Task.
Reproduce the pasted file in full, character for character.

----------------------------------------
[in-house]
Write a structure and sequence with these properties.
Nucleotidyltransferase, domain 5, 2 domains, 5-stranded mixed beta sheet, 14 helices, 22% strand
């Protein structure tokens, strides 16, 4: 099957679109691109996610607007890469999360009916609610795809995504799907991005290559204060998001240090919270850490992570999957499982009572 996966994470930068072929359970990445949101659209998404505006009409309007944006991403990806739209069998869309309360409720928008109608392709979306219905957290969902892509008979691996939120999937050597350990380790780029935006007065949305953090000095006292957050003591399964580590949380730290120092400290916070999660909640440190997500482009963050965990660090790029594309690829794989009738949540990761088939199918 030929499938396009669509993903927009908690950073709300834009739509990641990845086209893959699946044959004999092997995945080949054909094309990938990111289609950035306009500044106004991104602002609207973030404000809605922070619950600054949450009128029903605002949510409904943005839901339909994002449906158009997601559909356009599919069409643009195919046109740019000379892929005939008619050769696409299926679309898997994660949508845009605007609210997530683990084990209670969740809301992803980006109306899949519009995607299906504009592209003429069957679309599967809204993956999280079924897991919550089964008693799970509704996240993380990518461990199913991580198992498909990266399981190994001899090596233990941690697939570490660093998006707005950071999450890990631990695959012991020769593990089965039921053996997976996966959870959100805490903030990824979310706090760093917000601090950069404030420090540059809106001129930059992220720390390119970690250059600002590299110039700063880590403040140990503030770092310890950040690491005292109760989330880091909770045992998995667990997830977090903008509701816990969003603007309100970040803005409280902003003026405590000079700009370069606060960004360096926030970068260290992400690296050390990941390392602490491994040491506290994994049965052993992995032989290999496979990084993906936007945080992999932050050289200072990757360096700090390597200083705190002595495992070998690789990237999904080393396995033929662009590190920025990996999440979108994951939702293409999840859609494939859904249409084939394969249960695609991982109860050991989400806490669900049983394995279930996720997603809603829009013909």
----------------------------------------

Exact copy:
[in-house]
Write a structure and sequence with these properties.
Nucleotidyltransferase, domain 5, 2 domains, 5-stranded mixed beta sheet, 14 helices, 22% strand
């Protein structure tokens, strides 16, 4: 099957679109691109996610607007890469999360009916609610795809995504799907991005290559204060998001240090919270850490992570999957499982009572 996966994470930068072929359970990445949101659209998404505006009409309007944006991403990806739209069998869309309360409720928008109608392709979306219905957290969902892509008979691996939120999937050597350990380790780029935006007065949305953090000095006292957050003591399964580590949380730290120092400290916070999660909640440190997500482009963050965990660090790029594309690829794989009738949540990761088939199918 030929499938396009669509993903927009908690950073709300834009739509990641990845086209893959699946044959004999092997995945080949054909094309990938990111289609950035306009500044106004991104602002609207973030404000809605922070619950600054949450009128029903605002949510409904943005839901339909994002449906158009997601559909356009599919069409643009195919046109740019000379892929005939008619050769696409299926679309898997994660949508845009605007609210997530683990084990209670969740809301992803980006109306899949519009995607299906504009592209003429069957679309599967809204993956999280079924897991919550089964008693799970509704996240993380990518461990199913991580198992498909990266399981190994001899090596233990941690697939570490660093998006707005950071999450890990631990695959012991020769593990089965039921053996997976996966959870959100805490903030990824979310706090760093917000601090950069404030420090540059809106001129930059992220720390390119970690250059600002590299110039700063880590403040140990503030770092310890950040690491005292109760989330880091909770045992998995667990997830977090903008509701816990969003603007309100970040803005409280902003003026405590000079700009370069606060960004360096926030970068260290992400690296050390990941390392602490491994040491506290994994049965052993992995032989290999496979990084993906936007945080992999932050050289200072990757360096700090390597200083705190002595495992070998690789990237999904080393396995033929662009590190920025990996999440979108994951939702293409999840859609494939859904249409084939394969249960695609991982109860050991989400806490669900049983394995279930996720997603809603829009013909």